> Table of Contents > Endometriosis
Andrew G. Alexander, MD
Maegen Dupper, MD
Heidi S. Millard, MD
image BASICS
  • Endometriosis is a common but potentially painful and debilitating estrogen-dependent gynecologic condition affecting women of predominately reproductive age (1)[A].
  • Symptoms and signs generally consists of pelvic pain and decreased fertility.
  • Due to estrogen-dependent implants of endometrial tissue found outside the uterus. Although endometriomas have been recorded in liver, bowel, umbilicus, lung, and other tissue, the most common pathologic sites are:
    • Peritoneum(bladder, cul-de-sac, pelvic walls, ligaments, and fallopian tubes)
    • Ovaries
    • Rectovaginal septum
  • Ectopic endometrial implants proliferate and slough with the menstrual cycle
  • Stage I (minimal) to IV (severe). Staging is useful in therapeutic planning but does not correlate with pain severity.
  • Female only
  • Affects 11% of fertile women (2)
  • Found in 30-50% of infertile women
  • Found in 50-60% of women and adolescent women with pelvic pain
Pediatric Considerations
Endometriosis may begin with puberty as endometrial implants are dependent on ovarian hormones. This can lead to debilitating pelvic pain and severe dysmenorrhea associated with missed school, social, and family activities.
Pregnancy Considerations
The presence of endometriosis decreases fecundability from 15-20% per month to 2-10% per month. 25-50% of infertile women have endometriosis. However, pelvic endometriosis generally improves during pregnancy.
Geriatric Considerations
Although menopause often results in a resolution of symptoms, pelvic endometriosis may extend into menopause and is exacerbated by hormone replacement therapy (HRT).
  • Not fully understood, several factors are believed to play a role, including immunologic changes and genetic predisposition in the presence of abnormal proliferating endometrial tissue implants causing chronic peritoneal inflammation.
  • Theories include:
    • Sampson theory: Retrograde menstruation results in peritoneal implantation and disease
    • Halban theory: Distant disease is probably caused by hematogenous/lymphatic dissemination or metaplastic transformation.
    • Coelomic metaplasia: Coelomic epithelium remains undifferentiated in the peritoneal cavity and differentiates to form functioning endometrium.
  • Endometrial-associated infertility is multifactorial:
    • Pelvic inflammation
    • Anatomic disruption of pelvic structures (involvement of the fallopian tube may cause isthmic tubal obstruction)
    • Proliferation and activation of peritoneal macrophages (may predispose to gamete phagocytosis)
    • Alteration in eutopic endometrium
Odds ratio of symptomatic endometriosis with a first degree affected relative is 7.2. Those with affected first-degree relatives have a 26% chance of severe manifestations, versus 12% if no first degree affected relatives.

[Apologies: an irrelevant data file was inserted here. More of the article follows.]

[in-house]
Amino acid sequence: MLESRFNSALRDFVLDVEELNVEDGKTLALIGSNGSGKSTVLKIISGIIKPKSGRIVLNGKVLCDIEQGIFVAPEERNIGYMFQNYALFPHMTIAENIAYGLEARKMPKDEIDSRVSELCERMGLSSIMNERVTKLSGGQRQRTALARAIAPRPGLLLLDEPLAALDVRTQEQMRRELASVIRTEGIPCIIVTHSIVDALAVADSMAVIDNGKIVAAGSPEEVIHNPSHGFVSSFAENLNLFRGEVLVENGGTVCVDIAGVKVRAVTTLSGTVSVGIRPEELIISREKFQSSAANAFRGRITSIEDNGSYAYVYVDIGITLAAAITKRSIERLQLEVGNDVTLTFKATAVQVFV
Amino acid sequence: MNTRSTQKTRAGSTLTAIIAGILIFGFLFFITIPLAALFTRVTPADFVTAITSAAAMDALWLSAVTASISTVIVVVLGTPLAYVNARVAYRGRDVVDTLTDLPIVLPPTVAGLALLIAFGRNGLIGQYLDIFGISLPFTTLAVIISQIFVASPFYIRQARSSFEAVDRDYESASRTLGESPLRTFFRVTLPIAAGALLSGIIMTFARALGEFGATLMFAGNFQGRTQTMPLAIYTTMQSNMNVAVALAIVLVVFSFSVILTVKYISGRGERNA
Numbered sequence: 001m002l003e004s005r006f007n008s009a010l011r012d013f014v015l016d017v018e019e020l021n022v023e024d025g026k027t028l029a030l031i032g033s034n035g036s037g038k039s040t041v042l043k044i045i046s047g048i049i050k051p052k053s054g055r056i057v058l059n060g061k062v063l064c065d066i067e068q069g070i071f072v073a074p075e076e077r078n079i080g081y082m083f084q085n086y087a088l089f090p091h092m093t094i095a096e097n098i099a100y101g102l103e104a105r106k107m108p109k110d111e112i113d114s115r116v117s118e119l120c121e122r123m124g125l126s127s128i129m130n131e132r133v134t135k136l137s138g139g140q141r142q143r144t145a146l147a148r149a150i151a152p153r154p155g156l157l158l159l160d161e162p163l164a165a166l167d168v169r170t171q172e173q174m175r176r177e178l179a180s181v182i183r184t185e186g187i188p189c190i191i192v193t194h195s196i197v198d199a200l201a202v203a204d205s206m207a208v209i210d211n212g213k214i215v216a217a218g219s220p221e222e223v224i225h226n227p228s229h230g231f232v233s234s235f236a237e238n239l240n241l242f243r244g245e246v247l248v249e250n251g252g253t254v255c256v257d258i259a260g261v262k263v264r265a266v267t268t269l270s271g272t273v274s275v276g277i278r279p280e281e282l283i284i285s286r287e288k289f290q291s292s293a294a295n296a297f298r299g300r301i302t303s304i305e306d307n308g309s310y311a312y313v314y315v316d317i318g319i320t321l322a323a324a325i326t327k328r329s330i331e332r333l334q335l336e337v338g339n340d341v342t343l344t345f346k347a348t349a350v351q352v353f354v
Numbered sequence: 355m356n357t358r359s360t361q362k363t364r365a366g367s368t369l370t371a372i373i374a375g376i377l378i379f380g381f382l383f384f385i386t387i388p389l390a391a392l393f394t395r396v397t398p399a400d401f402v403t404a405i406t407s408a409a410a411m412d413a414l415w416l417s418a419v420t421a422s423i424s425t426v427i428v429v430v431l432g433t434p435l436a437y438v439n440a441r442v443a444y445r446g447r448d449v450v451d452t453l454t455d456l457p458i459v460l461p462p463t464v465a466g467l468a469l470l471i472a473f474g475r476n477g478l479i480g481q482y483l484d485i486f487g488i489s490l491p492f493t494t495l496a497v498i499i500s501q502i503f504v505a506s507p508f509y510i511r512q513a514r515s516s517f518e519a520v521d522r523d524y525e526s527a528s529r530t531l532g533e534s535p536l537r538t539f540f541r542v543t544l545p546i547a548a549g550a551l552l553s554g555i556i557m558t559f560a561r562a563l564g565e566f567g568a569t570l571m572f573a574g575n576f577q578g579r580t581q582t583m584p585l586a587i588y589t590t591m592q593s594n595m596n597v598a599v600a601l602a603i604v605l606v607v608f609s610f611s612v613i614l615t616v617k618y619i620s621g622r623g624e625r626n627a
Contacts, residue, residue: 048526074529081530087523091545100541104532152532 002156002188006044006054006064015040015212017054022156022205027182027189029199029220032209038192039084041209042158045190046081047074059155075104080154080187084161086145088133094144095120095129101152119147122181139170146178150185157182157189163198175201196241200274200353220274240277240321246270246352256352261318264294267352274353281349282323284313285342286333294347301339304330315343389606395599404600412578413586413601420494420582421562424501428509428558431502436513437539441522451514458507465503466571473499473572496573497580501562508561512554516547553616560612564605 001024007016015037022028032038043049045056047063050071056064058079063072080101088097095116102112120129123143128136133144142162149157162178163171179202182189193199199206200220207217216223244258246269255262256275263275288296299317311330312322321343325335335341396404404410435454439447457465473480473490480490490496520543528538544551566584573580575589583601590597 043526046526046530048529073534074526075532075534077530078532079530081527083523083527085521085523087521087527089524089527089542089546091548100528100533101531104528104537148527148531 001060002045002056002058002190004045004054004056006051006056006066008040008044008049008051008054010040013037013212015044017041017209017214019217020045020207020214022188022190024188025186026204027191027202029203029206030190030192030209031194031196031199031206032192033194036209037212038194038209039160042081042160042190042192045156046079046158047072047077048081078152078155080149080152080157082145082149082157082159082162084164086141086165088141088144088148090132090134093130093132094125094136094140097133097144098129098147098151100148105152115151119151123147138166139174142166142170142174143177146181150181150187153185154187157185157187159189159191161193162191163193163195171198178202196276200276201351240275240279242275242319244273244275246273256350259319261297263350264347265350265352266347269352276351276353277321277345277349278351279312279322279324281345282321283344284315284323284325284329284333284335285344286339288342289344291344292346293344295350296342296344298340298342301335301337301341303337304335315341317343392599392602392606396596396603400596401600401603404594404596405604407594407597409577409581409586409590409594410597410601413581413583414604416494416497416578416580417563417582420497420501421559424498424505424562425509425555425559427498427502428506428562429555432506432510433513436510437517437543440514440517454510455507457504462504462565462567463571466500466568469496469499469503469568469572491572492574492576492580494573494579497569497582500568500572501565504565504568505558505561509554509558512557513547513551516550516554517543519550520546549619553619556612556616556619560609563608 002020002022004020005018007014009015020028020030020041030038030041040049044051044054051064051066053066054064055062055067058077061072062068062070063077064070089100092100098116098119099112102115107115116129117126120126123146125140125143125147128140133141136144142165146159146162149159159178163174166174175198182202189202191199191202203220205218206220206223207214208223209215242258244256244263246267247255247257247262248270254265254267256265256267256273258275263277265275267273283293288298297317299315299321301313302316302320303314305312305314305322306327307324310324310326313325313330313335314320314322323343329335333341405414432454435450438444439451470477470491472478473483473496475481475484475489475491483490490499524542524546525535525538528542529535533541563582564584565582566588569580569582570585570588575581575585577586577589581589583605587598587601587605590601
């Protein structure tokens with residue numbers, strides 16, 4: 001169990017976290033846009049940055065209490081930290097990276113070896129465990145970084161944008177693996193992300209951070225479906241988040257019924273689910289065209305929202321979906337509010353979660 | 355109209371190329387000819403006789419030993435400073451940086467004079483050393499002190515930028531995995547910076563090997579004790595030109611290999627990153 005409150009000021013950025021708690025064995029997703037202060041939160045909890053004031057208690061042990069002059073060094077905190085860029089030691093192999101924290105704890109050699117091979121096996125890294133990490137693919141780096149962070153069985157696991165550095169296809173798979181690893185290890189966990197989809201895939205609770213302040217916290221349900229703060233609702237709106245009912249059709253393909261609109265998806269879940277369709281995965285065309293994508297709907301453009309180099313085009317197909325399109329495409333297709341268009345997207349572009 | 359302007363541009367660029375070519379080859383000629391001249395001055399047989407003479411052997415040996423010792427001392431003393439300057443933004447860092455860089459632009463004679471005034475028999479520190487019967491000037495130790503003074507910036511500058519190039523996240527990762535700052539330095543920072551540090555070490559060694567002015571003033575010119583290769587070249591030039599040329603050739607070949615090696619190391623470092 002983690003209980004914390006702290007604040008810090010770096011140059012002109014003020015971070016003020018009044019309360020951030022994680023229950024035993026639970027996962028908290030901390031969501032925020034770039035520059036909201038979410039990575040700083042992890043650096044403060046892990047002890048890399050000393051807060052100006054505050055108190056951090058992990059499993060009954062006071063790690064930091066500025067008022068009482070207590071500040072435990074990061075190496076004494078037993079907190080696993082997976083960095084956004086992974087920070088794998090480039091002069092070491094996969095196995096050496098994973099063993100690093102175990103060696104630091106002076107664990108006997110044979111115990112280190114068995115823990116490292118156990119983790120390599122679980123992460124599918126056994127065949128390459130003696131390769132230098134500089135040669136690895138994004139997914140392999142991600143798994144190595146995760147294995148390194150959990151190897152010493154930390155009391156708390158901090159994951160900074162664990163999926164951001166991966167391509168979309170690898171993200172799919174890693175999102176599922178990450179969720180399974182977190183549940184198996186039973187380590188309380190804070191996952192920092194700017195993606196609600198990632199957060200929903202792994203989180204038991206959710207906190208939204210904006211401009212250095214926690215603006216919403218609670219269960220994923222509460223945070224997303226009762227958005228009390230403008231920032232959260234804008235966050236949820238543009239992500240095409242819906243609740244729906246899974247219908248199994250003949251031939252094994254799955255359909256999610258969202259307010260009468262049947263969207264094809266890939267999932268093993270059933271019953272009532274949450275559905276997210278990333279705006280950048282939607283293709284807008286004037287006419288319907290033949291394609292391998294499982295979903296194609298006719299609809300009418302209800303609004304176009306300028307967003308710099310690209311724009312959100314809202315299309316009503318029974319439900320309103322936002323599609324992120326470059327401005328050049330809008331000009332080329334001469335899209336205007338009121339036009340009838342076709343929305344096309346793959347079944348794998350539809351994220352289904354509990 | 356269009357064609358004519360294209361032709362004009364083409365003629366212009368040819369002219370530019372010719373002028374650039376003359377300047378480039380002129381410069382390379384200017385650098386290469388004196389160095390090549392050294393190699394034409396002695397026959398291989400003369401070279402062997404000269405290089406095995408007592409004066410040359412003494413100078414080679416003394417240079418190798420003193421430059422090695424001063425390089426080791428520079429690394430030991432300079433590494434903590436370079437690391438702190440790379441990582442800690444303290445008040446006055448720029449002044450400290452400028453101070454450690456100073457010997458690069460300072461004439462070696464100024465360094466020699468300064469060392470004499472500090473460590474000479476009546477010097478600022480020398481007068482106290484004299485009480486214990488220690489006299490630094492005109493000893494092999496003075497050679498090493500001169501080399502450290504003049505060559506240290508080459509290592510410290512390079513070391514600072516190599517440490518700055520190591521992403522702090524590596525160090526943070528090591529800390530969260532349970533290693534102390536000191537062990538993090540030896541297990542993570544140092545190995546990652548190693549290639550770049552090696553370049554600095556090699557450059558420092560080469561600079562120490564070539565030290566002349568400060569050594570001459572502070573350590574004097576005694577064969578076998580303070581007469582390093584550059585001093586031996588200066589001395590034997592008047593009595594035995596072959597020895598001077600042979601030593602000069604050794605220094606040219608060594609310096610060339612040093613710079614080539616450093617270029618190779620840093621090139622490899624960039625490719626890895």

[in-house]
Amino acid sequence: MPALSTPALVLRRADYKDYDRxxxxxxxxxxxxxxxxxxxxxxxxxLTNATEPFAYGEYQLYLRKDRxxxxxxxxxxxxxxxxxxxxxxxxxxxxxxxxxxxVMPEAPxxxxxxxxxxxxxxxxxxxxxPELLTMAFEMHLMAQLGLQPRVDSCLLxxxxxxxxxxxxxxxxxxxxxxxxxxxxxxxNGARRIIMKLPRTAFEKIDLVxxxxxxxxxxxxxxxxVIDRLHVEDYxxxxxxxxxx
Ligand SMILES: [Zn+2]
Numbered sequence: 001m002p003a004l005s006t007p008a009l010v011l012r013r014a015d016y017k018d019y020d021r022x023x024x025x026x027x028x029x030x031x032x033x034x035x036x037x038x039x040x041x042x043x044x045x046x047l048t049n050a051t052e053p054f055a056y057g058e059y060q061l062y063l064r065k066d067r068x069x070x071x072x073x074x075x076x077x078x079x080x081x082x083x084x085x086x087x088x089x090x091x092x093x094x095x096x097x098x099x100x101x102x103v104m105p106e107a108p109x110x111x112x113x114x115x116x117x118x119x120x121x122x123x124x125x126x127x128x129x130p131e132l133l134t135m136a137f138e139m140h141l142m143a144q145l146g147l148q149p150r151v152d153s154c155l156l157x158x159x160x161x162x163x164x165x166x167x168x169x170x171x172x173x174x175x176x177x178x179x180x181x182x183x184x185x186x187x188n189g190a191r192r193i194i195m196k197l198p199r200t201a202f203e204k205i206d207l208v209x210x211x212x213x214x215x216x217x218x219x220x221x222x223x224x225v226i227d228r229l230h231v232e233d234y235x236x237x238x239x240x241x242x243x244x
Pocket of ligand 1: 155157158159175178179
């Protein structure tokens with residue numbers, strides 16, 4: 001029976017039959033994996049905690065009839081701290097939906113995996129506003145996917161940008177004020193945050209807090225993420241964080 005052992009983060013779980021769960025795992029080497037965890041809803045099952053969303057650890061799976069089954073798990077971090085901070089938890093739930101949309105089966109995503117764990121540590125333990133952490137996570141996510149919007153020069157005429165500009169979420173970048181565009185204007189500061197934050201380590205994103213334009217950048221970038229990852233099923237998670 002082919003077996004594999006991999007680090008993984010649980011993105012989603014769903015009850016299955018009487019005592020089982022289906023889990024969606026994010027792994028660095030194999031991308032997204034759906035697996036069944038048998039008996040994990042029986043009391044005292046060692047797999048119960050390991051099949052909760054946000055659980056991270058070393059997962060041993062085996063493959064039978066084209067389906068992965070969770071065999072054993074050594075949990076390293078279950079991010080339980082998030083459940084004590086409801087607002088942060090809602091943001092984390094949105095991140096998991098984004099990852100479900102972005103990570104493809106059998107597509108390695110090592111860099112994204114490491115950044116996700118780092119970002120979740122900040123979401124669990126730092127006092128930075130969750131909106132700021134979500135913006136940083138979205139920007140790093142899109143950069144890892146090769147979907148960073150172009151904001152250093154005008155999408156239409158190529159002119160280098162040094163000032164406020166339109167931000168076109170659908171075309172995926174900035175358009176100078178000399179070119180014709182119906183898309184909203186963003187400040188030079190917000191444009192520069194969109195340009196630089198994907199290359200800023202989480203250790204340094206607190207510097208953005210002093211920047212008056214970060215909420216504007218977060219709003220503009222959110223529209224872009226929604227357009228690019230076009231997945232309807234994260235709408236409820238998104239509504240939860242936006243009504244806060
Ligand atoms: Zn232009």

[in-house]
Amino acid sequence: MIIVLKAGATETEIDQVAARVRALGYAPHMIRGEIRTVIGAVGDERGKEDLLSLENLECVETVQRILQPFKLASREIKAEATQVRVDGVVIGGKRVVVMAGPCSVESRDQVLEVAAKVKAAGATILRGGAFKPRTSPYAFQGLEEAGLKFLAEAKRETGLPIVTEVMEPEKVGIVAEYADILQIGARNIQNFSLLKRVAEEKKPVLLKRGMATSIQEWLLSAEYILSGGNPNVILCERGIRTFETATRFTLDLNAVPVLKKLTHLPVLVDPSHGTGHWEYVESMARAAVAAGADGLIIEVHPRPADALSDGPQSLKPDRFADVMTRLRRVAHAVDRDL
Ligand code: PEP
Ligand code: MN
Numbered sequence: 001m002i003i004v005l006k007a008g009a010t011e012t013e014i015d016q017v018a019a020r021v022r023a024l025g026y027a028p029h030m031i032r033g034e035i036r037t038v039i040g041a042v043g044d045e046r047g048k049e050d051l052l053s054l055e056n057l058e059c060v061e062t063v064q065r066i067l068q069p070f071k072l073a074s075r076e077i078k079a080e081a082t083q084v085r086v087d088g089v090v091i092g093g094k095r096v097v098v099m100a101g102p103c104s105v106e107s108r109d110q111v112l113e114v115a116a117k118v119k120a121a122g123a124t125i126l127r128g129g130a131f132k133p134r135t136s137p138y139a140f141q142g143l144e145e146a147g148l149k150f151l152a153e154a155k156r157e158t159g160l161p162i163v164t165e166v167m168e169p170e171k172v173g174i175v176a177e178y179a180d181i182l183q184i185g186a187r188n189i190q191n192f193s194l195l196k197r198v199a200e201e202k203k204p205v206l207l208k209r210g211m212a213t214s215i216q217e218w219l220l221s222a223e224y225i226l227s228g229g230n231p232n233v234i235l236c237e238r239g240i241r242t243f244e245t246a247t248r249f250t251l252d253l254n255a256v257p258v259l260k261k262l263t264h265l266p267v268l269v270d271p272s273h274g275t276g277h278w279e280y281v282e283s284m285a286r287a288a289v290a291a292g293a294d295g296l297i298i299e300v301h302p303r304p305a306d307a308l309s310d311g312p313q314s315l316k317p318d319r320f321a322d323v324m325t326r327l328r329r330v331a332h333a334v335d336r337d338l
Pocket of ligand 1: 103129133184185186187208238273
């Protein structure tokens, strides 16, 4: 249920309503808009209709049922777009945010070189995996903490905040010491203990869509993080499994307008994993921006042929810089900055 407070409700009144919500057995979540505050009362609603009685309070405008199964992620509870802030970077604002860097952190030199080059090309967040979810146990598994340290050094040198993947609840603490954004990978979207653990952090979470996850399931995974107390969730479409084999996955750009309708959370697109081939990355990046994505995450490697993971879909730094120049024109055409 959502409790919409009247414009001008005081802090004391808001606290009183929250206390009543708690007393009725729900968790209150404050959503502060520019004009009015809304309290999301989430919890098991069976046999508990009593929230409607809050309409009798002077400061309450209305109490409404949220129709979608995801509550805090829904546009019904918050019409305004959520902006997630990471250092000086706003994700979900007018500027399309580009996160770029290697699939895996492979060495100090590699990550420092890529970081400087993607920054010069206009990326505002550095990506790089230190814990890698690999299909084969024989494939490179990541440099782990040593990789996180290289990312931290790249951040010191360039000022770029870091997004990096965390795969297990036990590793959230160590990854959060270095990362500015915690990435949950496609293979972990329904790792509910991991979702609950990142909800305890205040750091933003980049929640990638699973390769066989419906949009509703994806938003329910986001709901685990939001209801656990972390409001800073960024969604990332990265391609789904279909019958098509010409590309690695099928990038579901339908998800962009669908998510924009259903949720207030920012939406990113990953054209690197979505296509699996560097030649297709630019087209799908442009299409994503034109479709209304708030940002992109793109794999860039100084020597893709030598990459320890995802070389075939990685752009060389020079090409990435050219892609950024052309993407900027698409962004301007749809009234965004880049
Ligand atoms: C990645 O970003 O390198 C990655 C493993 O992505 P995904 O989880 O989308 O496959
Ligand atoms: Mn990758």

• Family history
  • Menstruation and ovulation
  • Delayed childbirth
  • Suppression of heavy menstruation and ovulation with oral contraceptives during adolescence may delay sequelae.
  • Some factors are considered protective:
    • Fruits, green vegetables, n-3 long-chain fatty acids
    • Aerobic exercise may decrease pelvic pain.
  • Early diagnosis and treatment might help prevent sequelae.
Associated with increased risks for cancer of the ovary, breast, endometrium; increased risk for cutaneous melanoma, non-Hodgkin lymphoma, autoimmune diseases, asthma, and cardiovascular disease
  • History: dysmenorrhea (50-90% of cases) due to deep infiltrating endometrial implants
  • Dyspareunia due to lesions of the cul-de-sac, uterosacral ligaments, and posterior vaginal fornix
  • Dyschezia due to involvement of the rectosigmoid colon and rectovaginal regions
  • Chronic pelvic pain (≥6 months) that worsens with time and begins 1 to 2 days prior to menstrual cycles
  • Hematochezia
  • Cyclic nausea, abdominal distention
  • Infertility (late finding)
  • History of pelvic pain, infertility, and hysterectomy in first- or second-degree relative
  • Focal pain/tenderness on pelvic exam is associated with endometriosis in 66% of patients.
  • Pelvic mass may be present.
  • Immobile pelvic organs (frozen pelvis)
  • Rectovaginal exam revealing uterosacral nodules, beading, or tenderness
  • An exquisitely tender “barb” stabbing pain in the region of the uterosacral ligament is found in severe cases.
Differential diagnosis of pelvic pain includes all causes of acute abdomen and
  • Complications of intrauterine/ectopic pregnancy
  • Pelvic adhesions
  • Acute salpingitis/pelvic inflammatory disease
  • Ruptured ovarian cyst
  • Uterine leiomyomas
  • Adenomyosis
  • Irritable bowel syndrome
  • Inflammatory bowel disease
  • Pelvic malignancy
  • Cystitis
  • Depression
  • History of sexual abuse
  • Chronic pain syndrome
Initial Tests (lab, imaging)
  • Labs are only useful to rule out other diagnoses; there are no useful labs to rule in endometriosis.
  • CA-125 levels are not recommended (3)[C] due to low sensitivity.
  • If history and physical exam reveal adnexal pain or tenderness with/without fullness on pelvic exam
    • Transvaginal ultrasound (US) and MRI are equally effective in detecting ovarian endometriomas: sensitivity, 80-90%; specificity, 60-98% for both
    • US is preferred (less costly).
    • Both modalities are poor in detecting peritoneal implants and adhesions.
Diagnostic Procedures/Other
Definitive diagnosis is made by the gross and microscopic characteristics of tissue visualized and biopsied during laparoscopy or laparotomy.
Test Interpretation
  • Laparoscopically visualized red and blue-black lesions described as “powder-burns,” adhesions, and “chocolate cysts” on the ovarian and peritoneal surfaces.
  • Histologically described endometrial glands and stroma on analysis of biopsied lesions
Management is dependent on multiple factors:
  • Age and reproductive desires of the patient
  • The certainty of the diagnosis
  • The degree of degradation on quality of life due to pain and infertility
  • The threat to other organ systems: GI tract, bladder
Medications are used to improve the patient's quality of life through symptom relief, and to prevent progression of the disease and its potential to cause organ dysfunction.

First Line